Home Finance Financial Services Need to Put Culture at the Centre of their Organisations

Financial Services Need to Put Culture at the Centre of their Organisations

by internationalbanker

David RushBy David Rush, Director at Alderbooke, an Executive Search and Culture Diagnostics Firm




The financial-services industry remains one of the most heavily scrutinised sectors in the world. Banks are under the microscope of regulators—and regulators are in the firing line of governments and media.

In recent years, there has been change like none other to the mechanisms and processes that were widely seen as acceptable but are now considered highly questionable, if not illegal. Banks have done well to adapt in a relatively short space of time, yet the industry still has more to do. Organisations are dramatically rethinking the types of skill and talent they need and the types of business they conduct in the new world of financial services.

Understanding the role of culture

It’s hard to talk about culture without discussing the issue of remuneration. Can banks still offer performance-related bonuses and expect positive culture? The implementation of the deferred-compensation approach has taken a bold step to improve the culture around rewarding talent in the banking industry.

Despite the FCA (Financial Conduct Authority) dropping its plans to undertake a formal review of banking culture (on the basis that all firms are different), it’s still vital that financial-services organisations manage and control their corporate culture and ensure that it reflects the identified values of the business at every level. In order to achieve this goal, firms will need to undertake a thorough analysis of how its business culture is perceived, and do so on a frequent basis. Where there are discrepancies, businesses must react to these with both immediate fixes and long-term solutions.

Culture is a fluid and ever-changing factor that needs to be monitored, particularly where there is great change, such as a movement in the leadership team, an acquisition, a headcount reduction or an office transfer. When individuals or teams are asked to work in other countries, there can often be some significant cultural differences that will cause friction if not addressed. Human Resources directors and the board must address and closely monitor culture in order to benefit from investment, staff motivation, profitability and, ultimately, the bottom line.

The true cost of good staff

The economy remains unpredictable, and high-quality talent in the financial-services sector remains sought after to ensure businesses are prepared and ready for future trends and developments. However, many firms are finding it hard to attract the right candidates—and also failing to comprehend the true cost of finding the “right hire”.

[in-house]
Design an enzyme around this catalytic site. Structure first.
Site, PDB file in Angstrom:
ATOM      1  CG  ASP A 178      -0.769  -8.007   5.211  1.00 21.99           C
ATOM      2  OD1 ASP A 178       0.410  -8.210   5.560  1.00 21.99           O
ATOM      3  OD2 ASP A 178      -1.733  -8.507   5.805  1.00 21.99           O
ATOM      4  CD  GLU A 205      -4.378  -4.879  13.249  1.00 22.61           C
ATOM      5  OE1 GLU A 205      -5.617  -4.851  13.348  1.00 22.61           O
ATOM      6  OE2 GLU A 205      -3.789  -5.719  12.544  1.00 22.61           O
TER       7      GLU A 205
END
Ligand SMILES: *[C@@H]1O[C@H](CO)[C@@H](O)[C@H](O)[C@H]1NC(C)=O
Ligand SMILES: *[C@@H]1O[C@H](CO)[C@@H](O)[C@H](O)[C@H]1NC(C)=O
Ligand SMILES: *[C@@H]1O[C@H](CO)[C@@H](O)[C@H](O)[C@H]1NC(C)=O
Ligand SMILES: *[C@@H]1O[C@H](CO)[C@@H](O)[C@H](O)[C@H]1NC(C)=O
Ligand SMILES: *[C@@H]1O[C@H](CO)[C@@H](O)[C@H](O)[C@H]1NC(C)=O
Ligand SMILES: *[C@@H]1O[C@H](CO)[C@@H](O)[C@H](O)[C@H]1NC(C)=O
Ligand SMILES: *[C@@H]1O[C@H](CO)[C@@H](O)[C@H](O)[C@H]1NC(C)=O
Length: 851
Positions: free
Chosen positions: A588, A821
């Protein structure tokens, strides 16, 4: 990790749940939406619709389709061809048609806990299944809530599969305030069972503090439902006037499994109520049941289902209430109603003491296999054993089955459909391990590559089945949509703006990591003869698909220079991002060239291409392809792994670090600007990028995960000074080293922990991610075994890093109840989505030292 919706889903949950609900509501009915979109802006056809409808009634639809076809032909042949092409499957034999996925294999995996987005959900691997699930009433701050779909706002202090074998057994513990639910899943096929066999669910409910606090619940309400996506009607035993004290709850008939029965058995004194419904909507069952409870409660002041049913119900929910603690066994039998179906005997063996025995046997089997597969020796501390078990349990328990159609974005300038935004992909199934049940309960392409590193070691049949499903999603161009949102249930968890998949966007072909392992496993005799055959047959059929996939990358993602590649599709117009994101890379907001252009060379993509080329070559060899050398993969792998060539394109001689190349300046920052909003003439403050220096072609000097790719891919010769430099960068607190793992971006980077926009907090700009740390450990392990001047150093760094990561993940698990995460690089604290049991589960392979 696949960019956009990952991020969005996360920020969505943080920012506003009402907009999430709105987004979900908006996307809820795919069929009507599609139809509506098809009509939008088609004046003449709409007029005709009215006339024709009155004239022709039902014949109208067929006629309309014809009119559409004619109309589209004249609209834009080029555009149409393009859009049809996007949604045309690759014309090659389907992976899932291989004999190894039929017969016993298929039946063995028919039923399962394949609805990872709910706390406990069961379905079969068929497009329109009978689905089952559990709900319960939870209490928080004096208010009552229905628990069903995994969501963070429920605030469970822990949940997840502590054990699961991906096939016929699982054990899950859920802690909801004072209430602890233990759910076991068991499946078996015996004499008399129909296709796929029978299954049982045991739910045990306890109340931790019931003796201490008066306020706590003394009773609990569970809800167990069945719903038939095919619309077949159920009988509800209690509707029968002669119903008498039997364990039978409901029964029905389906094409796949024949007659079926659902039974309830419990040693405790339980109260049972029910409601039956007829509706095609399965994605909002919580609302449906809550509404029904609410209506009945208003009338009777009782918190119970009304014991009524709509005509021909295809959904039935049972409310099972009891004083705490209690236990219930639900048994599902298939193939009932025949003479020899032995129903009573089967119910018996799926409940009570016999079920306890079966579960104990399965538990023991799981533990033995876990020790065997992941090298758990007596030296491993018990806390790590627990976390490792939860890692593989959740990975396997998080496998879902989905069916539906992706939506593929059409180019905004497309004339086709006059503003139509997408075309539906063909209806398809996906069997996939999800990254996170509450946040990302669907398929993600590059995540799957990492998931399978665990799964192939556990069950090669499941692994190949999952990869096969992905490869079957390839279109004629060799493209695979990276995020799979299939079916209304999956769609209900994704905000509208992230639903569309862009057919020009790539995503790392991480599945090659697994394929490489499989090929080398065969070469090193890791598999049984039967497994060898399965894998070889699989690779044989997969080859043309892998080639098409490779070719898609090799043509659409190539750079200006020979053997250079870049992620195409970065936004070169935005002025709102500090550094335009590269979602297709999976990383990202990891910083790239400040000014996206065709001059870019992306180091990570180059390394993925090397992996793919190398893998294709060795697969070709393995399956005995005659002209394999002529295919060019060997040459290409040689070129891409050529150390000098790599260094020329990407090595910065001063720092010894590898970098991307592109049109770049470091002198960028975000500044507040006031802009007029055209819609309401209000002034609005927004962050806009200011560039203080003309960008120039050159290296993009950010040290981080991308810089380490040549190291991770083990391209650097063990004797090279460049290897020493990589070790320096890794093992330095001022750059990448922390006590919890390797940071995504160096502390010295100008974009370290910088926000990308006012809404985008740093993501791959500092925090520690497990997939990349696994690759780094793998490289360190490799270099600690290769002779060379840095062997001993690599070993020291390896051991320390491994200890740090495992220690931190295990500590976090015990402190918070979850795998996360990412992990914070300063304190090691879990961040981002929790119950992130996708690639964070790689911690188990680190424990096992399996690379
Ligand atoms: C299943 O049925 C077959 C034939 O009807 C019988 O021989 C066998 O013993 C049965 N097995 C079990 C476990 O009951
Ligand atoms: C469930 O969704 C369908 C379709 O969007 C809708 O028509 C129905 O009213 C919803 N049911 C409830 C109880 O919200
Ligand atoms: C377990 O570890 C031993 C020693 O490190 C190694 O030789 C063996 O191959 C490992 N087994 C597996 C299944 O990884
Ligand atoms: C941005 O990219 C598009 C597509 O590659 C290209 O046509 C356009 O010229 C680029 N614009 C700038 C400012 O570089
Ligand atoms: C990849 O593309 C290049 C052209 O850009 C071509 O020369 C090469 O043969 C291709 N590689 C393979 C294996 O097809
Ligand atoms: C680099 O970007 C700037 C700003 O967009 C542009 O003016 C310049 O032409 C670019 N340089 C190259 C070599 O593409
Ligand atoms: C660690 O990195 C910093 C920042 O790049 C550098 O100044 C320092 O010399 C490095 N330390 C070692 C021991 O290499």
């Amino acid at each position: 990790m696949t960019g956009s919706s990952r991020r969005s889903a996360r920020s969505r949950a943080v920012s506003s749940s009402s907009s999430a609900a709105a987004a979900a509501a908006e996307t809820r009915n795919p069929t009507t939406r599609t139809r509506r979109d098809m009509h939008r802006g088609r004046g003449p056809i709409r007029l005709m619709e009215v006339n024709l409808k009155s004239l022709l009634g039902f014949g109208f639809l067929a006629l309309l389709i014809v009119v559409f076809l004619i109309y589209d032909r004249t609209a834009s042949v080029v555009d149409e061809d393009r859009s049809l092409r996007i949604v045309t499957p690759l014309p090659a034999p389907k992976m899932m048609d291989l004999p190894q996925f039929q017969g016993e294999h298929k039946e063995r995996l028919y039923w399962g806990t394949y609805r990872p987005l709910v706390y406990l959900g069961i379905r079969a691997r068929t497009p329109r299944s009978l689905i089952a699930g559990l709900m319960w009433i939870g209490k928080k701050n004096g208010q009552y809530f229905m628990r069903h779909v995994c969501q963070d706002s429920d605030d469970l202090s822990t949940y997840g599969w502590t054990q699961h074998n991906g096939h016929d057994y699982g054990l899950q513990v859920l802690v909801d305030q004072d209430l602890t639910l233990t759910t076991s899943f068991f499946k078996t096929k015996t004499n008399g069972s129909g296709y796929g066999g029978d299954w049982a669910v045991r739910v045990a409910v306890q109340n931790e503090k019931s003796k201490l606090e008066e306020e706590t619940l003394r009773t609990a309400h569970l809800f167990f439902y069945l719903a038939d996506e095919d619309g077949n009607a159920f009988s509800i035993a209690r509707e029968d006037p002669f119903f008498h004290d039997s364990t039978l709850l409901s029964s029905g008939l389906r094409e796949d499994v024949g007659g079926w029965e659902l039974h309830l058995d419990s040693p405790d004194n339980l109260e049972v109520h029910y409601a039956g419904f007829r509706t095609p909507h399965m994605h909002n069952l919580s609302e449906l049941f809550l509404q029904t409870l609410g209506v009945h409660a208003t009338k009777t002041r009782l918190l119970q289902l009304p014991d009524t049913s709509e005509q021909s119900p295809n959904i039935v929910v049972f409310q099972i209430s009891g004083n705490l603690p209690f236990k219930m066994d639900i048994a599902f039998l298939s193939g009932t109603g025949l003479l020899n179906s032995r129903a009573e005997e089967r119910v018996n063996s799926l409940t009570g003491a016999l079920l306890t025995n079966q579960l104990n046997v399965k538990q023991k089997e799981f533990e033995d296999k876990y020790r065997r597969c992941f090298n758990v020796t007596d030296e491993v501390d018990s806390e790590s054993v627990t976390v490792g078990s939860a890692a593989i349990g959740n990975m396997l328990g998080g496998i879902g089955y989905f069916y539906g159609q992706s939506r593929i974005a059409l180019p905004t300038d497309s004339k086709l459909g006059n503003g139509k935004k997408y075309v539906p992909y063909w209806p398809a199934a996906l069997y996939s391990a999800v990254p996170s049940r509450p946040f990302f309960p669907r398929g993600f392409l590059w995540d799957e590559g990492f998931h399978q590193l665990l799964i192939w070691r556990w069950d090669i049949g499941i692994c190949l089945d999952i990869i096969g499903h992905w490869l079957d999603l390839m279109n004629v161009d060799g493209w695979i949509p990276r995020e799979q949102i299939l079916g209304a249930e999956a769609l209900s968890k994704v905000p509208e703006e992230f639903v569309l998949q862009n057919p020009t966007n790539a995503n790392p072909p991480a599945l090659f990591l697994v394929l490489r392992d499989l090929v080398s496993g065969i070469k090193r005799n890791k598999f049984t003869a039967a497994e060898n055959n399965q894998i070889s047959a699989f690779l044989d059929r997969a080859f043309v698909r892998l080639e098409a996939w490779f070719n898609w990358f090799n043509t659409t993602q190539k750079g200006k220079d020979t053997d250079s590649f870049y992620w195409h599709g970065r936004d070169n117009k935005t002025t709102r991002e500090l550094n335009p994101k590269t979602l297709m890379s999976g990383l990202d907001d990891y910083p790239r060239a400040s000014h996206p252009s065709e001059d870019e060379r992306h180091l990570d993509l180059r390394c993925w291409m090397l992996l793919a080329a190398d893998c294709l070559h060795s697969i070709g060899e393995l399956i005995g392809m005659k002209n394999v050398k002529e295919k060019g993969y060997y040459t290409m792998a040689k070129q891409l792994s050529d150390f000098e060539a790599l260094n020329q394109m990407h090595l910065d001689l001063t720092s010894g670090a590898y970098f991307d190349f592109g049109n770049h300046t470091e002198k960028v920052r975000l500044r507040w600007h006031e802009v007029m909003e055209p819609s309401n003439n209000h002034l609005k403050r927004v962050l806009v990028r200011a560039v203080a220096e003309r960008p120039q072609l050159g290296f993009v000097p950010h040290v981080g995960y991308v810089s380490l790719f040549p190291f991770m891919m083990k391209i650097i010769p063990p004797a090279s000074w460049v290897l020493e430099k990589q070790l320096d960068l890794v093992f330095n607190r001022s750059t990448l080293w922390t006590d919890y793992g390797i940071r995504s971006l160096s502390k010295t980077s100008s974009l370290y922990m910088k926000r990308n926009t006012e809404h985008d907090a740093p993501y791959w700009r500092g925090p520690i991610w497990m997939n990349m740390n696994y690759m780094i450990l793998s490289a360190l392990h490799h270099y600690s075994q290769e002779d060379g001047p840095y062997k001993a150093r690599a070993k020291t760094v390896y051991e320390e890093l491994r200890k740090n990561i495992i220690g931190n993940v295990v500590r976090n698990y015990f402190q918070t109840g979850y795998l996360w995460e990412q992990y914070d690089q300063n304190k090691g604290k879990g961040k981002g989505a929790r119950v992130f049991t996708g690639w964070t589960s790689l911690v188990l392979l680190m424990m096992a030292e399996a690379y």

Deferred compensation has become much more commonplace, with exceptional candidates dictating their expectations in relation to their remuneration, particularly when it comes to performance-related pay. This increasing trend means that significant and unexpected expense is often incurred.

As such, businesses need to understand how to attract employees in ways that go beyond the pay packet, and explore how culture and the company itself can be an attractive proposition. Often it is those businesses that have an aggressive culture who find themselves paying a premium, whereas those who “do the right thing” find it significantly easier to attract top talent, and without additional and unexpected costs.

Regulatory pressures

Firms need to adopt this proactive approach in order to pre-empt and prepare for any regulatory changes that the future may bring. Until this point, the majority of businesses have retrospectively implemented mechanisms and structures in order to address emerging regulations as they appear.

We don’t yet know how Andrew Bailey, the new CEO of the FCA, will treat the culture challenge in UK financial services. One thing is sure—Mr Bailey will need to navigate a complex stakeholder map to be considered a success from all sides. The strategic direction is to develop a financial-services environment that is a powerful, respected force within the UK economy, while rebuilding the UK public’s perception of the industry. Indeed, the FCA itself must maintain the highest standards as a reflection of the sector’s culture.

Individual culpability

Highlighting the revolutionary new approach being asked of the banking sector and willingness of regulators to actively discipline illicit activity is the Senior Managers Regime (SMR). The FCA’s decision to pursue a “guilty until proven innocent” culture has now been diluted so they now have to prove that the senior manager has not carried out his or her duty of responsibility. However, this will still have significant implications for the way senior managers understand and assess risk. If senior managers are to be armed with appropriate information needed to comply with the regulation, having access to good quality management information has never been more critical. Without this, it becomes almost impossible to identify focus areas that can cause issues and prevent banks from becoming compliant with SMR.

Compliance with regulation is the first step to achieving a successful culture across the entire business. However, companies need to go further to build solid employee allegiances and relationships with the company, which will be reflected in the services provided, reputations and results generated. Ultimately, if clients and the wider industry have trust in an organisation, client loyalty will follow and profitability will increase.

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